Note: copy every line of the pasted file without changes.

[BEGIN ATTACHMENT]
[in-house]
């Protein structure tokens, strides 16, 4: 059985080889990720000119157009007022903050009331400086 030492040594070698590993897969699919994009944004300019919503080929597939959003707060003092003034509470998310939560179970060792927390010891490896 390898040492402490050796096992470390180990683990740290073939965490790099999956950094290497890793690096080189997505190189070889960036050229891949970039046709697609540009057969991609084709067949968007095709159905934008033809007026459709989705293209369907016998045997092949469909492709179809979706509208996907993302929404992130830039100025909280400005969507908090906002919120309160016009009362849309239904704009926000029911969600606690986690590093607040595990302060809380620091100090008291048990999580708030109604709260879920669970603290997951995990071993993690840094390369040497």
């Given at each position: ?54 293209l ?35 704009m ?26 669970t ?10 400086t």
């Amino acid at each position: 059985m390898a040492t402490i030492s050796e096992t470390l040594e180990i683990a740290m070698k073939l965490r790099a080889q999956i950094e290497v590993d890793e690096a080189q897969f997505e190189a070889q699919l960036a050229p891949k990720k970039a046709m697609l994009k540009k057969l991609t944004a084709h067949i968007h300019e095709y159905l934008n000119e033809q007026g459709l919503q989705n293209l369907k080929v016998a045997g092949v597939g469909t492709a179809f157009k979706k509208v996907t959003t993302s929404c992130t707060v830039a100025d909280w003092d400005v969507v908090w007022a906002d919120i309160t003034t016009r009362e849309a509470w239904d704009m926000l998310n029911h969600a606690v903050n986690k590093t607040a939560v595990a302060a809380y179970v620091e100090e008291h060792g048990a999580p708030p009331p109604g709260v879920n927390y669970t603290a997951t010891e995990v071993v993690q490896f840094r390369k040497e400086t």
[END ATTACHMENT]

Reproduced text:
[in-house]
């Protein structure tokens, strides 16, 4: 059985080889990720000119157009007022903050009331400086 030492040594070698590993897969699919994009944004300019919503080929597939959003707060003092003034509470998310939560179970060792927390010891490896 390898040492402490050796096992470390180990683990740290073939965490790099999956950094290497890793690096080189997505190189070889960036050229891949970039046709697609540009057969991609084709067949968007095709159905934008033809007026459709989705293209369907016998045997092949469909492709179809979706509208996907993302929404992130830039100025909280400005969507908090906002919120309160016009009362849309239904704009926000029911969600606690986690590093607040595990302060809380620091100090008291048990999580708030109604709260879920669970603290997951995990071993993690840094390369040497």
């Given at each position: ?54 293209l ?35 704009m ?26 669970t ?10 400086t």
């Amino acid at each position: 059985m390898a040492t402490i030492s050796e096992t470390l040594e180990i683990a740290m070698k073939l965490r790099a080889q999956i950094e290497v590993d890793e690096a080189q897969f997505e190189a070889q699919l960036a050229p891949k990720k970039a046709m697609l994009k540009k057969l991609t944004a084709h067949i968007h300019e095709y159905l934008n000119e033809q007026g459709l919503q989705n293209l369907k080929v016998a045997g092949v597939g469909t492709a179809f157009k979706k509208v996907t959003t993302s929404c992130t707060v830039a100025d909280w003092d400005v969507v908090w007022a906002d919120i309160t003034t016009r009362e849309a509470w239904d704009m926000l998310n029911h969600a606690v903050n986690k590093t607040a939560v595990a302060a809380y179970v620091e100090e008291h060792g048990a999580p708030p009331p109604g709260v879920n927390y669970t603290a997951t010891e995990v071993v993690q490896f840094r390369k040497e400086t």